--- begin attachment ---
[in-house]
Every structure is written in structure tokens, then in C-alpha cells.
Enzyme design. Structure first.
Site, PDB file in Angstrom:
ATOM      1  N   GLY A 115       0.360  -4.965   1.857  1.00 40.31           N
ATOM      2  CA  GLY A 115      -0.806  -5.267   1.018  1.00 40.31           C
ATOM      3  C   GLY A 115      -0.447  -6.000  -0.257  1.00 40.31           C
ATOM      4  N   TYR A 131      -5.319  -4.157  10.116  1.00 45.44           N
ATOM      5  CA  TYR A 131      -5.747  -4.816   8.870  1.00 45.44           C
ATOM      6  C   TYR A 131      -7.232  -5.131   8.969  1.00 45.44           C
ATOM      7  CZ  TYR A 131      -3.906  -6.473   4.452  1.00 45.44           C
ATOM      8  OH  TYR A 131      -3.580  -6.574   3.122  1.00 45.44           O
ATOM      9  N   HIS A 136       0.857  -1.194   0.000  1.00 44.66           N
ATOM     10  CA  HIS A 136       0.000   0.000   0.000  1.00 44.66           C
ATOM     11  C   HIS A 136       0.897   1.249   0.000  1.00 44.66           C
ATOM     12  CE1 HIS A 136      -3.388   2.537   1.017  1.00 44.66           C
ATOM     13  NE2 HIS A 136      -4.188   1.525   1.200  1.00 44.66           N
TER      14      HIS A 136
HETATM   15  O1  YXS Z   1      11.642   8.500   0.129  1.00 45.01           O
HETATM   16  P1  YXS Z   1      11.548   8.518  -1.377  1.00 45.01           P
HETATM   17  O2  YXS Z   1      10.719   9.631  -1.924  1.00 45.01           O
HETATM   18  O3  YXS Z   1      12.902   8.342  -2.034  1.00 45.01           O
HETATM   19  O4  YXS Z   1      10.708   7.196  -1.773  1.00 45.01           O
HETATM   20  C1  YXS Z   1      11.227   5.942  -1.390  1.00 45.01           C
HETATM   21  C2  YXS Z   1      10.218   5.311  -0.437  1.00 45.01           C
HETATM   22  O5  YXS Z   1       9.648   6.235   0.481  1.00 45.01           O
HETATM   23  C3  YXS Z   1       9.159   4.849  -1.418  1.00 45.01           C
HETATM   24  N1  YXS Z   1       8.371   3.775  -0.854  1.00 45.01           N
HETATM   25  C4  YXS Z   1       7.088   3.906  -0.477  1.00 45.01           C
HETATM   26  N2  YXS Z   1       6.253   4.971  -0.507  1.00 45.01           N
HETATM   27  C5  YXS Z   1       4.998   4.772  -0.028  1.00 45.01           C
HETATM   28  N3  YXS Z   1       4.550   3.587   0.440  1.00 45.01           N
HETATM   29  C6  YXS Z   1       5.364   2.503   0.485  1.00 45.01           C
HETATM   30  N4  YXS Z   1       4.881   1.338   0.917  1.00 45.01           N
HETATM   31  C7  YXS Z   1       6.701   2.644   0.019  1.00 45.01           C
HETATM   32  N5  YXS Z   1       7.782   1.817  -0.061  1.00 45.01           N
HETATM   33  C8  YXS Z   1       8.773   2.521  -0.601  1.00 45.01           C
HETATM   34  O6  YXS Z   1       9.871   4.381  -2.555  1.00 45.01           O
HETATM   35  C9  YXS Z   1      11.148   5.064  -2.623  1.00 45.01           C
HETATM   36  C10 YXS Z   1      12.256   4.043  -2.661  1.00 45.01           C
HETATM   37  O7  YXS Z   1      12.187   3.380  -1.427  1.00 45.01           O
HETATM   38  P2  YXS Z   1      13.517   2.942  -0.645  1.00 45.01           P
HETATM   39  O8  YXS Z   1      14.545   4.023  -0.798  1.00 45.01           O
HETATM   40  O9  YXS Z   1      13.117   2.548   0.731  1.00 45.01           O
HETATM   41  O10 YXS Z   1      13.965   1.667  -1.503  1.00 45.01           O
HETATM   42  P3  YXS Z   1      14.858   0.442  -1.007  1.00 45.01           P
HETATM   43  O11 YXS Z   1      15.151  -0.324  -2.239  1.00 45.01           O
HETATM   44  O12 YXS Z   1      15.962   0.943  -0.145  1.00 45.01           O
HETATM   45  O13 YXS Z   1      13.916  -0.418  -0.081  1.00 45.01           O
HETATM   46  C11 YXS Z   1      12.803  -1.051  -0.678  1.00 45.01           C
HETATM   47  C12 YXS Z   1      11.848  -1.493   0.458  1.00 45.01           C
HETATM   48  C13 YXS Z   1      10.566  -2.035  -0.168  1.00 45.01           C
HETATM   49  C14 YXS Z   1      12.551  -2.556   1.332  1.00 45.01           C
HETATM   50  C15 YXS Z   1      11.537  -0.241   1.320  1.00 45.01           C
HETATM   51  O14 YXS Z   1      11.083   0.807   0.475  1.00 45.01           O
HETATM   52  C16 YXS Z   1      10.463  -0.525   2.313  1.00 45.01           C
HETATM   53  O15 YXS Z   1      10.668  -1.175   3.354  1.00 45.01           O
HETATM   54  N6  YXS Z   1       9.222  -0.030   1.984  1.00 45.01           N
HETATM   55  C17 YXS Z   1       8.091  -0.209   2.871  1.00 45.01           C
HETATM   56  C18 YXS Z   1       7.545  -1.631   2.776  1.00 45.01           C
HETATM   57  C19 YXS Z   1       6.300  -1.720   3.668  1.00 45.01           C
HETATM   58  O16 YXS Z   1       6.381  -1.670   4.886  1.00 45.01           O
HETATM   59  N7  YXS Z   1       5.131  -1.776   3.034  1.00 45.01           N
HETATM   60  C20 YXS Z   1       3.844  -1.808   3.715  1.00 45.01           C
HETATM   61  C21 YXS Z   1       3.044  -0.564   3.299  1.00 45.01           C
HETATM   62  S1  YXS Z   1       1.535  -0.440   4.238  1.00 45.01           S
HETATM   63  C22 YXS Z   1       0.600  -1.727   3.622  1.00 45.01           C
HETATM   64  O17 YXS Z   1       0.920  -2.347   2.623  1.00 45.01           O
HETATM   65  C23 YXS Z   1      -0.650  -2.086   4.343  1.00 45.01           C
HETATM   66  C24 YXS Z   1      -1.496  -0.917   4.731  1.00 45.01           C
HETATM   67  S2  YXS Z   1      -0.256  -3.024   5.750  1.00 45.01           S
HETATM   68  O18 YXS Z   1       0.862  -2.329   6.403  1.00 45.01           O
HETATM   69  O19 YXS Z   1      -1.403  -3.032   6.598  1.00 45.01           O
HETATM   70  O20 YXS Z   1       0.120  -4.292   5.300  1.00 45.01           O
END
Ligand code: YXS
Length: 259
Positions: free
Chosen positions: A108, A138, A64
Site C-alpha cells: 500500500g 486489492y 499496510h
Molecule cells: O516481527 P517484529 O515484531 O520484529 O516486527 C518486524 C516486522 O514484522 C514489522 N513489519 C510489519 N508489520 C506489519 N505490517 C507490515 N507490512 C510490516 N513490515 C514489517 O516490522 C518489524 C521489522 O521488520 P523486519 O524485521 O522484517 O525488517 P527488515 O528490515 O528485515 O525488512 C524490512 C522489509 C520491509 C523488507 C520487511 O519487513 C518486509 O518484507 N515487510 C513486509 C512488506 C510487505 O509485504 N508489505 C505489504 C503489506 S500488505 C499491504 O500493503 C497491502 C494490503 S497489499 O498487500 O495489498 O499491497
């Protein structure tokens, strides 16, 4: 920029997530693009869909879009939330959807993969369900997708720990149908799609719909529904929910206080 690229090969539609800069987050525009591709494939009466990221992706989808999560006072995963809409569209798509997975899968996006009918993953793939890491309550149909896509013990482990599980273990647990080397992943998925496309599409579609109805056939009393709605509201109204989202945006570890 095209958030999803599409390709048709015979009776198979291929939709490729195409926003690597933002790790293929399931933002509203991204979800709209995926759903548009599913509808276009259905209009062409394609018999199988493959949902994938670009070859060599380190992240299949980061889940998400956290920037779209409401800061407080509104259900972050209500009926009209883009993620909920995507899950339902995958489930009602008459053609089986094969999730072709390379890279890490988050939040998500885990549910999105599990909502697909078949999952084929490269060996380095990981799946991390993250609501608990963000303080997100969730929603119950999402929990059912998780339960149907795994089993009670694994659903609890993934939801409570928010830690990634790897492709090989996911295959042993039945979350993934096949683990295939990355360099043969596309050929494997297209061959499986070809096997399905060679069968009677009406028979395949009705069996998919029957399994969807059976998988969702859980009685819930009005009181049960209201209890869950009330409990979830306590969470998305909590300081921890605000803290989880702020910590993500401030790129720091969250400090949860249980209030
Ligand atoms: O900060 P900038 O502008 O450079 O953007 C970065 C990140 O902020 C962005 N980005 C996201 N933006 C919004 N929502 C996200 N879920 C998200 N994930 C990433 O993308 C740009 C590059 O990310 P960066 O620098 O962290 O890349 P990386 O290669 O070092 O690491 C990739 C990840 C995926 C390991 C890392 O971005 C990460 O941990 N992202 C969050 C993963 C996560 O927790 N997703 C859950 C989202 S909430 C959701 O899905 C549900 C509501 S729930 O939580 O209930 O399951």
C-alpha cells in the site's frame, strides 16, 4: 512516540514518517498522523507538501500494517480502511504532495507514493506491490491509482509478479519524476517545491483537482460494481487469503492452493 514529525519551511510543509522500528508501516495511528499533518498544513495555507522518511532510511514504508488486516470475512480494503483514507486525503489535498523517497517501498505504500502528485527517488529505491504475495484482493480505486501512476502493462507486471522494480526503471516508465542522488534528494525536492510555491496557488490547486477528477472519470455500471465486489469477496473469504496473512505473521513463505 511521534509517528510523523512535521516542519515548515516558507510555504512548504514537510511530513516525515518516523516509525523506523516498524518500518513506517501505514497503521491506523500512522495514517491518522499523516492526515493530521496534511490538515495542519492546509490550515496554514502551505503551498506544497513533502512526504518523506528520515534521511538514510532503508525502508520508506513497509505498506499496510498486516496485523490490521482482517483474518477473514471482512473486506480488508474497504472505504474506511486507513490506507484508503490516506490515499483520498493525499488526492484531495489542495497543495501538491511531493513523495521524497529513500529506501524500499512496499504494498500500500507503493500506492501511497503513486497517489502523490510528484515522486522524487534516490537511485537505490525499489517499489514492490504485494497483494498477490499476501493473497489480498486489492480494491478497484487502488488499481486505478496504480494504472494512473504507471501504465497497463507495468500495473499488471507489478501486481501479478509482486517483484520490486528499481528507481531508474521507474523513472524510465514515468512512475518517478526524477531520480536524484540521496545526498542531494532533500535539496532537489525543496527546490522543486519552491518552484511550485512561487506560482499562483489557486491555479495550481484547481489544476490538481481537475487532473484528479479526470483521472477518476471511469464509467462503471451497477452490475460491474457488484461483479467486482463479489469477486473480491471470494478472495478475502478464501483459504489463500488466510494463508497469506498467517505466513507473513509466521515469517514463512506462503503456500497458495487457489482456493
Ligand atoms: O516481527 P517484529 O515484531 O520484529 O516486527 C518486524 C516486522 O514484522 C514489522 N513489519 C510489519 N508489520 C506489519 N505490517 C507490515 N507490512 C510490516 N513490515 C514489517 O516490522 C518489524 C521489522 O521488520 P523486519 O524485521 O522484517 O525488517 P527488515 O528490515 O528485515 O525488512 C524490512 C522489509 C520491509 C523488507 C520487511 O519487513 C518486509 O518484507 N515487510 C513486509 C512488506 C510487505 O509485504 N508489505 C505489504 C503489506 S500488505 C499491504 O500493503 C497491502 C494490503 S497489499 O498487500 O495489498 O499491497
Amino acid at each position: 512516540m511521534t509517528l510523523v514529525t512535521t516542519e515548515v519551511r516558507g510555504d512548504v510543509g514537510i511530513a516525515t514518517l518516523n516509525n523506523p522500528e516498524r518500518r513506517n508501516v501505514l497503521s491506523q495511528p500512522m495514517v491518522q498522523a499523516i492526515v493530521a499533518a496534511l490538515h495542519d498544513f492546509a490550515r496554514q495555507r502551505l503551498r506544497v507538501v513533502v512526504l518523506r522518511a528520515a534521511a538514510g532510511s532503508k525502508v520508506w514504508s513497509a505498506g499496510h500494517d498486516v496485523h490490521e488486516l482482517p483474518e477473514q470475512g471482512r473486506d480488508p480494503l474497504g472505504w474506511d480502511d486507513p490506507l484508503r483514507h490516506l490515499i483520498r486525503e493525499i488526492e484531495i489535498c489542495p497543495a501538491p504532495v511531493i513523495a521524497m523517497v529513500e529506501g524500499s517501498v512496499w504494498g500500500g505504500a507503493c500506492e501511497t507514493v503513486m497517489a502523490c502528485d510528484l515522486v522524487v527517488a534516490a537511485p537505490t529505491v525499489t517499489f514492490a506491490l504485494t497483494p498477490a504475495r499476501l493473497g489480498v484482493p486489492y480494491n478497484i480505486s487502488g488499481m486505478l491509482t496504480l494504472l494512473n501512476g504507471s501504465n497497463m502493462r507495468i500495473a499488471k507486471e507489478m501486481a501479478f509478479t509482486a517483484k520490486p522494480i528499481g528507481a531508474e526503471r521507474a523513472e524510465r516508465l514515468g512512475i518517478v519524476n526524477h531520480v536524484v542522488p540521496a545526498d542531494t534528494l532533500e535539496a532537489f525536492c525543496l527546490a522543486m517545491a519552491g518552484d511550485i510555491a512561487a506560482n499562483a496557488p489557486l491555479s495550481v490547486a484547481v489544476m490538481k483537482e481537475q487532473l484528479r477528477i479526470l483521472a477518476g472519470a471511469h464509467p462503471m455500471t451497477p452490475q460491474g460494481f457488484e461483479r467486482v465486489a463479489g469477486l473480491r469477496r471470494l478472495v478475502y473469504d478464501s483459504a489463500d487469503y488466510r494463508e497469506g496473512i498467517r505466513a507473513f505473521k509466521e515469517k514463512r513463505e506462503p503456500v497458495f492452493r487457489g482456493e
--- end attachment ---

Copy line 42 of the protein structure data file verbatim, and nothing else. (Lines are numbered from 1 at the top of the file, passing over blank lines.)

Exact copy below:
HETATM   38  P2  YXS Z   1      13.517   2.942  -0.645  1.00 45.01           P